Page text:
Inspired by a true story, an investigative journalist named Victor Malarek (Josh Hartnett) unravels a twisted case of entrapment wherein a guy from the wrong side of the tracks, Daniel (Antoine-Olivier Pilon), is forced into a dangerous drug deal against his will and is sentenced to 100 years in a Thai prison. As Daniel endures torture and abuse, the journalist must track down the shady undercover cops benefiting off the conspiracy, while also fighting for Daniel’s freedom.
Daniel Roby’s Most Wanted is an appreciated effort that has quite a number of things to enjoy, but also has a lot of things to be frustrated by. It’s a crime thriller/drama that works best in its second act particularly, once some of the puzzle pieces seem to be aligning, but its first and third can be a little bit of a chore to sit through.
The first act plays out relatively familiar and doesn’t have any surprises up its sleeves, but that’s okay. It serves as a major set up act with the purpose of enticing viewers and reeling them into this story by getting to learn a bit more about the characters first. That’s one of the strongest elements of Most Wanted – it’s a movie where you really get a sense of who these characters are. A lot of them are ruthless in their pursuits and a lot of them are quiet and more reserved. The character development given to Antoine Oliver Pilon in particular was excellent and quite well-done.
Speaking of Pilon, he delivers a nuanced and powerful lead performance and disappears totally in the role. In real life, he is more than likely a happy-go-lucky man, but here, he looks tired and ready to snap at any moment. Also great in their role is Josh Hartnett as Victor. There truly isn’t a weak link amongst this highly talented cast.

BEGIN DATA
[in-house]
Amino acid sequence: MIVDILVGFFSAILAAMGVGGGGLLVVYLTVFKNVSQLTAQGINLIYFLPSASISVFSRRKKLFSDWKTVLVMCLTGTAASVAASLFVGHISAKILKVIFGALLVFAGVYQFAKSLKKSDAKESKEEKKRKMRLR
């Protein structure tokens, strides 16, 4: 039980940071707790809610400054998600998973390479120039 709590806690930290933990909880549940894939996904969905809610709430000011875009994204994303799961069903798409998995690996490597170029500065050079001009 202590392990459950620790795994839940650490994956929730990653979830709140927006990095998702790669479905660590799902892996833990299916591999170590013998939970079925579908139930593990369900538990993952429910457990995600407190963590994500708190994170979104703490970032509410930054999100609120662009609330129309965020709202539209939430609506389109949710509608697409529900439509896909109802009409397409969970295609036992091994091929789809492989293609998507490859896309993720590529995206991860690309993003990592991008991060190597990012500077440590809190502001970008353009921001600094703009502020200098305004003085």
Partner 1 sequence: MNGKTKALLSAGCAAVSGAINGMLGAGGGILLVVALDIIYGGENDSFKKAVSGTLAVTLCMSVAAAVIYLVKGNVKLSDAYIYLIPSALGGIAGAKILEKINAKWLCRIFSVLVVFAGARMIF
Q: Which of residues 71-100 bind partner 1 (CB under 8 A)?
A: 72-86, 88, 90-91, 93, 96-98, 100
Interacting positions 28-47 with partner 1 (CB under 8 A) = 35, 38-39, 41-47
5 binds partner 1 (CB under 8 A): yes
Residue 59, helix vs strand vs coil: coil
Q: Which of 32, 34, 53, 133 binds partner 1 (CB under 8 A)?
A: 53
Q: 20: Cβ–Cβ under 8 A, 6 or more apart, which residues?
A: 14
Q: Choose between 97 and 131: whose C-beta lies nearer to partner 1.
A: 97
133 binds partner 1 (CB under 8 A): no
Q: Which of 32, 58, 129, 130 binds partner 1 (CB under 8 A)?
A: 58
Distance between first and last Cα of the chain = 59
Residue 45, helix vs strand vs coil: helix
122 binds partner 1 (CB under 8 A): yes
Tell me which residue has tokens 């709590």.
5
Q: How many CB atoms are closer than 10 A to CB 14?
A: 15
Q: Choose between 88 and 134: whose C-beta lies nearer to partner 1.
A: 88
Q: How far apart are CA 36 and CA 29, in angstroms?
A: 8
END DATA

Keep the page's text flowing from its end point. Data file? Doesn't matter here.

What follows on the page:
Sadly though, a lot of the actors feel underused, despite their great acting skills on display. We get lots of screentime with Daniel and Victor in particular, but as a result, it can sometimes feel as though the other characters don’t get as much time to shine. But aside from the underuse of its characters, Most Wanted‘s biggest problem is its pacing. It’s not too long of a film, with a running time of one-hundred and thirty-five minutes, but here, you can definitely feel it.
There could have been a good twenty to twenty-five minutes of screentime completely removed and it would have felt more coherent and the narrative would have felt much smoother. The screenplay can feel a bit messy as you can tell that the story they are trying to tell is full of so many details, but sometimes, not all of these details are entertaining to watch.
At the end of the day, Most Wanted falls just a bit too short of its big ambitions. It has an excellent cast of actors that give it their all and has its moments of intrigue, but its running time is stretched too thin and its story mostly feels messy.
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